Contributed by : Aayush Goel

Fun Section:
CSE guy 1: Man, I'm so tired of the way developers are making their new applications! Why do they assume everyone has a touch screen device? There's nothing special about touch screen devices! CSE guy 2: Well, you've got to move with the times, I guess... Even keyboards must have been a novelty at some time, and I can imagine people protesting the same way as you are doing now, because they prefer to connect wires together to talk to the system! CSE guy 1: Yup! THAT is awesome! CSE guy 2: <Facepalm>
Contributed by : Mihir Mehta

We...
Who pays the price for the crown they wear? The security they need from people's fear. It's me, It's you ! For the power they flaunt and the authority they claim, who pays the tax in the country's name ? It's me, it's you ! Who lost the jobs in another recession? While they teach us economy, who dies of starvation ? It's me, it's you ! They have command on justice, but can't hear our cries. To keep economy alive, who has to die ? It's me, it's you ! we , they come to, for the revolution they need. but who enjoys the freedom, of our deed ? It's not me, it's not you !

Contributed by : Pranay Agarwal


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B R O U G H T OU T B Y A C M STUDENT CHAPTER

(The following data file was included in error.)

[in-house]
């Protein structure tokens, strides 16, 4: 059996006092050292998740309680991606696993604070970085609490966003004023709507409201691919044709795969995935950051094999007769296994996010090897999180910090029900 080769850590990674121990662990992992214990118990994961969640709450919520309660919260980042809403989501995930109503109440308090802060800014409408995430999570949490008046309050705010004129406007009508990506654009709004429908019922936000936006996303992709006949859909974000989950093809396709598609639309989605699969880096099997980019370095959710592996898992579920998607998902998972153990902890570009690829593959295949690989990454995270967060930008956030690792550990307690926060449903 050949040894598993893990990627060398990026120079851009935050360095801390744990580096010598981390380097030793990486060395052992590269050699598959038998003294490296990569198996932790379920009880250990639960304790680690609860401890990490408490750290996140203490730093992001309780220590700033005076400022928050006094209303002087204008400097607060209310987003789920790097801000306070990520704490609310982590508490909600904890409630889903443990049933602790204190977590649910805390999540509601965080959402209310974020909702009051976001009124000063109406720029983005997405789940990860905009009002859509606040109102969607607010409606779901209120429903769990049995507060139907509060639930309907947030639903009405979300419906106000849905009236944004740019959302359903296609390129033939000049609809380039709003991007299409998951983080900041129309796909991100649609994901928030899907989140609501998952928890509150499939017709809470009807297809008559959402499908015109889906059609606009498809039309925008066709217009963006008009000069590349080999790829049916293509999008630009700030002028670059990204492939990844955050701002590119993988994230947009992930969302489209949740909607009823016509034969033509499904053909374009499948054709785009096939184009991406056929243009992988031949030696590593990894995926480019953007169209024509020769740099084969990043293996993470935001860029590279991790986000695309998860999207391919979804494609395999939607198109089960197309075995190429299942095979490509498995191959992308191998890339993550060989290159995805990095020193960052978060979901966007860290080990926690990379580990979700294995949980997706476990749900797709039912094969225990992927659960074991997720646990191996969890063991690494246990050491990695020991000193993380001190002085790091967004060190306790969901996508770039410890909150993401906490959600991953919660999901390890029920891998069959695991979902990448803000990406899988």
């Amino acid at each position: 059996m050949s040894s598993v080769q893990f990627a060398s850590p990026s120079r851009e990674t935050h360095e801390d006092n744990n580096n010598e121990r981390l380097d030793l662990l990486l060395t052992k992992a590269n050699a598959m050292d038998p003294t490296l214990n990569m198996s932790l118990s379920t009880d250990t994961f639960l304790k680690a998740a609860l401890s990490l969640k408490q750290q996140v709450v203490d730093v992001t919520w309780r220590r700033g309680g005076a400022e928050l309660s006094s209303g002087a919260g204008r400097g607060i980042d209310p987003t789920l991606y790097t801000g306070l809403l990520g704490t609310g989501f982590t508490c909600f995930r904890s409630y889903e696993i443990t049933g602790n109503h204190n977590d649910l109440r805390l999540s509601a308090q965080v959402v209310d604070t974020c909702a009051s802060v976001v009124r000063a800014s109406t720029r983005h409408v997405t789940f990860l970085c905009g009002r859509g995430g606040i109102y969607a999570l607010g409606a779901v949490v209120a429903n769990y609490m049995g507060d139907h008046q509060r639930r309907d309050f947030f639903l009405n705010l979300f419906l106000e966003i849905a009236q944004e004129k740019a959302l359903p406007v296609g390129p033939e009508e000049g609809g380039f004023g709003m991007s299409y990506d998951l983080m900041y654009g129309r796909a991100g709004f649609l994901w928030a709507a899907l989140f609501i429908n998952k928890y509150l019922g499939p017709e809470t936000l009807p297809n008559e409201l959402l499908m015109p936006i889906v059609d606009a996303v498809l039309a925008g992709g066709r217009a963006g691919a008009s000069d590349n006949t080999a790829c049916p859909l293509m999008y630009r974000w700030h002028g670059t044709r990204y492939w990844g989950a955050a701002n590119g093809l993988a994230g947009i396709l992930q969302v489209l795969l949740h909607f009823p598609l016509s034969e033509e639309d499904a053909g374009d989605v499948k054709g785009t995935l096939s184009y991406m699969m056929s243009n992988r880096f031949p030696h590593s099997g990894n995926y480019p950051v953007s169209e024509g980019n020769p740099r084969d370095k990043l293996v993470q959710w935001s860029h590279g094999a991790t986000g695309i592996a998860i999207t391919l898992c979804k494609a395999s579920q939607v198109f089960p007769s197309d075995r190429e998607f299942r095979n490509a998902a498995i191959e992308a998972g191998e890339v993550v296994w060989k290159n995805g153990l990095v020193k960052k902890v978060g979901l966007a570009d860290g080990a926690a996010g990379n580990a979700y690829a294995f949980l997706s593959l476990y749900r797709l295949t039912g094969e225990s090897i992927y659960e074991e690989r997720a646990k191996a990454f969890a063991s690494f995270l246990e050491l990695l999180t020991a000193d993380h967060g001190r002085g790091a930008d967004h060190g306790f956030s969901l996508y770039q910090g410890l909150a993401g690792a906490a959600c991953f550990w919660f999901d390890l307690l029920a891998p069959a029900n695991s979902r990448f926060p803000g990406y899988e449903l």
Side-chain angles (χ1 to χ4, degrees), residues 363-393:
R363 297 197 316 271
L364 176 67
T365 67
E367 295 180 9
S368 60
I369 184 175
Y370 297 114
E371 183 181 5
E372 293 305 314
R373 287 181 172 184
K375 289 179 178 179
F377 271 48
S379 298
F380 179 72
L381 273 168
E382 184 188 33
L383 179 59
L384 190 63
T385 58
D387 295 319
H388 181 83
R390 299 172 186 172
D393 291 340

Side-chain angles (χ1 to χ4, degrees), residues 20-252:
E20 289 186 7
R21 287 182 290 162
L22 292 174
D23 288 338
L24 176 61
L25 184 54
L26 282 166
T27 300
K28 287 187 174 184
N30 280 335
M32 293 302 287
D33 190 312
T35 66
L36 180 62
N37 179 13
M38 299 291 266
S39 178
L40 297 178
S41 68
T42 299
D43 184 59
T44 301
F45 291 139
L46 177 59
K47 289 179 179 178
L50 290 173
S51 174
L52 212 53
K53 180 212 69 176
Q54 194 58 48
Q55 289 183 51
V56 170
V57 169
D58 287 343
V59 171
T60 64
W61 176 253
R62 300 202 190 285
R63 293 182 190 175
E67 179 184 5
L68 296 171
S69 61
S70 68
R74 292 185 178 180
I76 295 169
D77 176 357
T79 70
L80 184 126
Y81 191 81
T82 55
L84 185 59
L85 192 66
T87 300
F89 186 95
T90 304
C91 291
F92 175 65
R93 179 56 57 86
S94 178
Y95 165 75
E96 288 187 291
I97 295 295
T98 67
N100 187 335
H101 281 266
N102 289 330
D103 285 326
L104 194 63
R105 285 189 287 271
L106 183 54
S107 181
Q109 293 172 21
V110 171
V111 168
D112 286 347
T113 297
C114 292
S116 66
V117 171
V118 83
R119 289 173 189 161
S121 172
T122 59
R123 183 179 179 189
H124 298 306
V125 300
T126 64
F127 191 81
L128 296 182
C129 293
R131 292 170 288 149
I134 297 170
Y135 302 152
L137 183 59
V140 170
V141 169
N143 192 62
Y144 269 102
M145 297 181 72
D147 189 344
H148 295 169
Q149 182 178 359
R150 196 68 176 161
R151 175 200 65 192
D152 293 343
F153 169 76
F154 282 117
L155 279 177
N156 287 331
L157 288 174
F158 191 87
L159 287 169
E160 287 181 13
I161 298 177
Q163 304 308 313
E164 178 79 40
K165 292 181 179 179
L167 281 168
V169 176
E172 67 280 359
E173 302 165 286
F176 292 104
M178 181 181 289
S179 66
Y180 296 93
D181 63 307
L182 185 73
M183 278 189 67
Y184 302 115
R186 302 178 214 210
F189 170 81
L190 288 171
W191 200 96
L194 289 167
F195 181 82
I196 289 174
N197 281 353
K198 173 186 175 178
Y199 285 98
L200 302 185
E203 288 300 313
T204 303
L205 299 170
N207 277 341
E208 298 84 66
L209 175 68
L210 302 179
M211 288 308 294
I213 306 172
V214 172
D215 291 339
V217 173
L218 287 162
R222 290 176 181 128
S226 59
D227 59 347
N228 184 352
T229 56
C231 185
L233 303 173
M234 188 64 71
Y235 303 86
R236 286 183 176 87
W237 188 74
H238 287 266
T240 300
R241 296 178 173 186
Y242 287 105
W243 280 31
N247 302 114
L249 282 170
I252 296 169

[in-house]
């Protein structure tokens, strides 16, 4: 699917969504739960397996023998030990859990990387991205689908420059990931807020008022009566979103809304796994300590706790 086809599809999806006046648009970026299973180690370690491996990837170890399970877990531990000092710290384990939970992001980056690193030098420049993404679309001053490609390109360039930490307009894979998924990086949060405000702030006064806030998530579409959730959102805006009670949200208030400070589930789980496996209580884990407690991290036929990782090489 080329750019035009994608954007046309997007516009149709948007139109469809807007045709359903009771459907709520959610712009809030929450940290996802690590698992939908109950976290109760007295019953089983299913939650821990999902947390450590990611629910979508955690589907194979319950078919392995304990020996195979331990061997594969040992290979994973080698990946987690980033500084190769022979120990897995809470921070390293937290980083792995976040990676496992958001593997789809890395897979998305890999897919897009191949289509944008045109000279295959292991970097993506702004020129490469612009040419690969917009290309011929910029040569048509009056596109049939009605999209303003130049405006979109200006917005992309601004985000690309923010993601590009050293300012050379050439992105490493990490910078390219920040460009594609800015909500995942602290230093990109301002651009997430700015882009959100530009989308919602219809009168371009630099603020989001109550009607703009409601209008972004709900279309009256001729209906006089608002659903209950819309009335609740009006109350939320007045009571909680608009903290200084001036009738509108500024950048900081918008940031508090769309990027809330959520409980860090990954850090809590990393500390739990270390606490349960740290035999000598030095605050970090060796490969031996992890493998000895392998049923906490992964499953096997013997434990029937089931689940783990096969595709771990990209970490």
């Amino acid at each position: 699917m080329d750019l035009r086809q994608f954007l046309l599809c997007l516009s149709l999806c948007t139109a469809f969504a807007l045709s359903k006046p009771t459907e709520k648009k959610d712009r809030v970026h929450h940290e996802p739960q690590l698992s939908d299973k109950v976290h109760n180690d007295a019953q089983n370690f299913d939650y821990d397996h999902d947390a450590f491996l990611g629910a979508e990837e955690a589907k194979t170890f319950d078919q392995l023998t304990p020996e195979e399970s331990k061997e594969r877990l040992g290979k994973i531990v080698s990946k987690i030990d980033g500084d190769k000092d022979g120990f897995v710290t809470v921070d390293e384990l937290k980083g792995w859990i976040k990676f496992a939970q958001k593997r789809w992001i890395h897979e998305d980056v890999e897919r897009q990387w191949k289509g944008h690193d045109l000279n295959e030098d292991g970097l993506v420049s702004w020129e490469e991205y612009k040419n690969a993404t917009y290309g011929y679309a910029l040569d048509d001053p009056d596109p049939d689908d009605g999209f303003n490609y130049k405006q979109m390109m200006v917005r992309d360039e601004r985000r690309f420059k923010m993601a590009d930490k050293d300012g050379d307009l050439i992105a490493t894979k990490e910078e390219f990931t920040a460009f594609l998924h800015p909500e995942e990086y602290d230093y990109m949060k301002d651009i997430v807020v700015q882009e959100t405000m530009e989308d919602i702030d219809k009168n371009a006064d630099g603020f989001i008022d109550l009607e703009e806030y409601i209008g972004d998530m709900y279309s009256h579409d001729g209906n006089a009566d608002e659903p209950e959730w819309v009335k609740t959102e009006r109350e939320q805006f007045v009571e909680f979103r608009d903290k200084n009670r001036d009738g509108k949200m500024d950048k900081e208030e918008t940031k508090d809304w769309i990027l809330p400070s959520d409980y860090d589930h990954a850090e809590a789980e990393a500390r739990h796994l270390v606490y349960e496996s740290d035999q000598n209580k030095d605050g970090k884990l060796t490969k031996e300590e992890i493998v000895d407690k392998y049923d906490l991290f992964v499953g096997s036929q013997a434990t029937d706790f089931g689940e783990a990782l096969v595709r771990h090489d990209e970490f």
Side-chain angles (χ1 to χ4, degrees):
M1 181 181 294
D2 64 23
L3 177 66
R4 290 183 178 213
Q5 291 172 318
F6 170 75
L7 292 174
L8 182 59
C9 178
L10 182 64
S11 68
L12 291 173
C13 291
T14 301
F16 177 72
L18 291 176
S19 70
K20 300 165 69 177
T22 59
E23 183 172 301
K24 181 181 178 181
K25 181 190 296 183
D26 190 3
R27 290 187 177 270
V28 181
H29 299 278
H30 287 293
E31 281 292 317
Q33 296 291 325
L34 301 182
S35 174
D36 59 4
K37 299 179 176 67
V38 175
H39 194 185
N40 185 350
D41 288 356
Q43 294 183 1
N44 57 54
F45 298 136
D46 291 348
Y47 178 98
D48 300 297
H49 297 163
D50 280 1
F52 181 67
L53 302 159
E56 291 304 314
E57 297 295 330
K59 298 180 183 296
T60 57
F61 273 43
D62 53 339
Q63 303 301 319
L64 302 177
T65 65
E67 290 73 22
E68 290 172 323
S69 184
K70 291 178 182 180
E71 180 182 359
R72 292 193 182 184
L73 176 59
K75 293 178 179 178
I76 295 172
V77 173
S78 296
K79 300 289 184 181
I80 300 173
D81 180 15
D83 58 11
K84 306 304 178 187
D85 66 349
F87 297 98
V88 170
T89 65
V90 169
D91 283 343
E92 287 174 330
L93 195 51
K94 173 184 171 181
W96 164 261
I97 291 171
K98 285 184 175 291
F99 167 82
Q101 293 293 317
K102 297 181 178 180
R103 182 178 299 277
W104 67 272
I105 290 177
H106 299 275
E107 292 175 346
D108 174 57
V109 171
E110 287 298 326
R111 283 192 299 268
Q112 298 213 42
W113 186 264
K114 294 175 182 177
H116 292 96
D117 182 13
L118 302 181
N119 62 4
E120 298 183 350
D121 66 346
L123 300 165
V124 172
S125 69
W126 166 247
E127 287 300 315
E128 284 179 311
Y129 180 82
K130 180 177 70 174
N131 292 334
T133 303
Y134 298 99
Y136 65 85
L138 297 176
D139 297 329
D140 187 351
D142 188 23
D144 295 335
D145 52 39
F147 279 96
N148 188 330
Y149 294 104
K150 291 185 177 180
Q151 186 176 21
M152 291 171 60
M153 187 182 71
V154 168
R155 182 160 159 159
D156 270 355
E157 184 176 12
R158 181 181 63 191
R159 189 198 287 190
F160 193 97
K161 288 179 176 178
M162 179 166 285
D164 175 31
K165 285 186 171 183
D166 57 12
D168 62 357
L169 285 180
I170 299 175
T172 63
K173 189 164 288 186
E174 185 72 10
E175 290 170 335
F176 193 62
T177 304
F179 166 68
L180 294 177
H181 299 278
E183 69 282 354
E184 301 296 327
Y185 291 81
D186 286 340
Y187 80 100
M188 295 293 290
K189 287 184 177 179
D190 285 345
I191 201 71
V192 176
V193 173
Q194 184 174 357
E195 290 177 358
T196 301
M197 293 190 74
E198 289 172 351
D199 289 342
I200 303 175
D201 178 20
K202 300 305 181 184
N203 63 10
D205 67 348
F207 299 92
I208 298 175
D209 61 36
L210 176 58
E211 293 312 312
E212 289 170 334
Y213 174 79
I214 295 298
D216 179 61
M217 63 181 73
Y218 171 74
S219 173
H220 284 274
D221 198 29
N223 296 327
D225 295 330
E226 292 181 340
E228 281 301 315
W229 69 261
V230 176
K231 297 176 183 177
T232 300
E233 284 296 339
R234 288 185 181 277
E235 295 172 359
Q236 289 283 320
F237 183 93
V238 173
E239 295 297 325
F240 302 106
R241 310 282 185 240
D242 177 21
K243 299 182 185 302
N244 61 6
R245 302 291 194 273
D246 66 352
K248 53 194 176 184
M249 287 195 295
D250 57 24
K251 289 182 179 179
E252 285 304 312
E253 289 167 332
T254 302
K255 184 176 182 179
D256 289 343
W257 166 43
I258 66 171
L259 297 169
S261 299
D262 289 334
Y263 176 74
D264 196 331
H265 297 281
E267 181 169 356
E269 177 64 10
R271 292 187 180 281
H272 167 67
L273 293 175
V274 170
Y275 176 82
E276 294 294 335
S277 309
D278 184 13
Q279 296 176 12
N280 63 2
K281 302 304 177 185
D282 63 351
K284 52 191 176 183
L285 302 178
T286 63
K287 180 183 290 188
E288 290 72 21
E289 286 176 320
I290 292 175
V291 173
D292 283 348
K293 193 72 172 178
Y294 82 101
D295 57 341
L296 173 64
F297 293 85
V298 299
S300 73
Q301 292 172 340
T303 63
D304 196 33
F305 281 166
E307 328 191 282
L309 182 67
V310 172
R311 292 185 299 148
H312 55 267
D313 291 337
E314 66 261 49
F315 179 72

SponsorM. ACM Student Chapter Sponsor M. Balakrishnan

Newsletter Team inMagazine in-charge: Aditi Kapoor (aditi@cse.iitd.ernet.in) Assisted by ACM chapter members Chair - Savin Goyal Swati Verma Pulkit Yadav Aayush Goel (Photos in above order left to right)

Some tit bits


DOWN 1. A free, Java-based programming framework that supports the processing of large data sets in a distributed computing environment. 2. A Dutch mathematician known for significant contribution to graph theory, -calculus and combinatorics 3. A LIFO datatype. 4. A programming language whose s yntax consists entirely of whitespace. 5. Chess-playing computer developed by IBM that defeated world champion Garry Kasparov in 1997 8. An algorithm to find a solution to the instances of the traveling salesman problem. 10. Which famous IT company was named International Time Recording Company when it first came into picture. 12.The first ever speech recognition software developed in India. See the website in the first week of May for answers! Contributed by : Pulkit Yadav
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ACROSS 6. Name the O() sorting algorithm. 7. A futuristic motion sensing input device developed by Microsoft. 9. A functional, operational body-worn computing architecture for contextaware human-computer interaction (Hint : LOTR Trilogy). 11. The element used for making most IC chips. 13. A photo-sharing application that was recently acquired by Facebook. 14. Which was the first Indian company to be listed on the NYSE ? 15. Name of Yahoo!'s translation utility.